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5 Things I Learned From The First Presidential Debate

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The 2012 U.S. presidential campaign was turned upside down by Mitt Romney's victory in last night's debate in Denver. Here's where the old debate coach thinks the election strands now.

1. Obama's Bipartisan Trope Is Now Shattered.
Obama has a real rhetorical problem that Romney started to expose Wednesday night. Obama has emphasized ad nauseam that he wanted to work with Republicans in Congress on the debt, on jobs, and so on, but they didn't want to work with him. In addition, according to the President, that's why he couldn't get bipartisan consensus on things like ObamaCare and the stimulus.

Meanwhile, Romney is touting that as a Republican Governor of Massachusetts he was able to pass meaningful legislation on health care, taxes, education, and much more with a legislature that was 87% Democrat. Far more of an imbalance than Barack Obama has had to face with House Republicans. In other words, somehow, by dint of personality and/or approach, Romney achieved bipartisan consensus, while Barack Obama did not. This is an effective argument for Romney because the more that Obama argues that Republicans blocked his plans, the more he makes Romney's argument that the President lacks the political chops to get things done in Washington.

You see, the GOP arduously, even viciously, defended their turf during the Clinton years (as the Democrats did during the G.W. Bush years), but still Bill Clinton managed to achieve bipartisan consensus on the deficit, on welfare reform, on much more. That's a tribute to Bill Clinton, who achieved several of bipartisan victories when Republicans controlled the House. Clearly there is something palpably different between Bill Clinton and Mitt Romney on the one hand and Barack Obama on the other. And Romney is exploiting that. The more Obama blames, the more he looks like the guy who simply can't get anything done on a bipartisan basis.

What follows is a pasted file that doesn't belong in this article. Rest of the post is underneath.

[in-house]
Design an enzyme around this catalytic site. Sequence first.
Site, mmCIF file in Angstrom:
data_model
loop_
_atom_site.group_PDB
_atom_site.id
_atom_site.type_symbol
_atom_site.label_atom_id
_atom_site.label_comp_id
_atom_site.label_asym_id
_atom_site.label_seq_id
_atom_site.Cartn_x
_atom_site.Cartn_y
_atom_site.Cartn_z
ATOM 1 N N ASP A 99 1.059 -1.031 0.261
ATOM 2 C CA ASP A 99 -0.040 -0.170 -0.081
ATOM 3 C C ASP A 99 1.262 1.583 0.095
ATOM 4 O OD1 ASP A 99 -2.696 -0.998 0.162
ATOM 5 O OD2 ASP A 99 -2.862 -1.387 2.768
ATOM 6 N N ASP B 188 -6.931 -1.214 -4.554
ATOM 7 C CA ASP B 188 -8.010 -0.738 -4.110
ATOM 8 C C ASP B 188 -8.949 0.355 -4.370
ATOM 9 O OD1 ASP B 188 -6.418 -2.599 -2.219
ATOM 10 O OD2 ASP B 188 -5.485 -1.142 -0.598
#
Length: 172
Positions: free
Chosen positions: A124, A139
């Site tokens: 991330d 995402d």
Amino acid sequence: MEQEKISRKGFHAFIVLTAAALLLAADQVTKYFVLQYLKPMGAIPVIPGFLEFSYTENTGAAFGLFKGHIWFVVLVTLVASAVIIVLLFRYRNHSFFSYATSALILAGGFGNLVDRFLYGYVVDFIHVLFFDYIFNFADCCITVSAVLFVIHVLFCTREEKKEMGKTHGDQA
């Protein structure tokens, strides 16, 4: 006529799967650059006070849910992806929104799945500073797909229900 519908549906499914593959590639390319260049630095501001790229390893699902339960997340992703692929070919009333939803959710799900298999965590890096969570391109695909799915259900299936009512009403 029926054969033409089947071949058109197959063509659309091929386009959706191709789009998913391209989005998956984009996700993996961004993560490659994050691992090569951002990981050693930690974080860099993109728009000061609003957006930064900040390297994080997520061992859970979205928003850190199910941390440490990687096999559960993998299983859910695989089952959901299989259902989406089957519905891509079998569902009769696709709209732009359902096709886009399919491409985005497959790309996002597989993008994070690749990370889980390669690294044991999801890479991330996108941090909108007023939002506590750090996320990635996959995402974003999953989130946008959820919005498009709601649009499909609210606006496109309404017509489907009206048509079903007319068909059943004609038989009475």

And this is precisely why Obama's Blame the Republicans strategy is falling flat. Americans like winners. They want results. They really don't care how the policy sausage is made. They just want it made. And they certainly find the blame game weak, distasteful, and unbecoming of a true leader. Obama is getting crushed on this head. The more he blames, the more he unwittingly makes the case why he is NOT the bipartisan leader the country thought it elected four years ago. Excuses are not going to cut it anymore. CEO Romney laid down that marker tonight.

2. Obama Is AWOL On Jobs.
Obama simply did not come out with, or even defend, a jobs plan Wednesday night. We simply do not know what the President would do about jobs in his second term. We know he is happy to defend ObamaCare. We know he wants to spend more on education (which might make some industrious folks more qualified for jobs over the long-term), but he has got nothing specific on jobs in the interim.

Meanwhile, Romney kept pivoting back to two key goals: more jobs and rising middle class income. The latter point is the key differentiator. And Romney needs to riff on this in the month ahead. Because Obama has said previously that he could easily create more jobs IF those stingy, obstreperous Republicans would just let him spend more federal money. However, that feeds precisely into Romney's jobs narrative. That is, if the private sector creates those jobs, you shrink the size of government, and, thus, reduce the crippling debt (and improve the U.S. credit rating), while INCREASING take-home pay and thus taxable income. Obama wants to tax a smaller and smaller income pie. This is a rock-solid argument for Romney. And he jabbed the President repeatedly on this point Wednesday night. Obama has to do a better job on the jobs question, or he will cede the issue to Romney.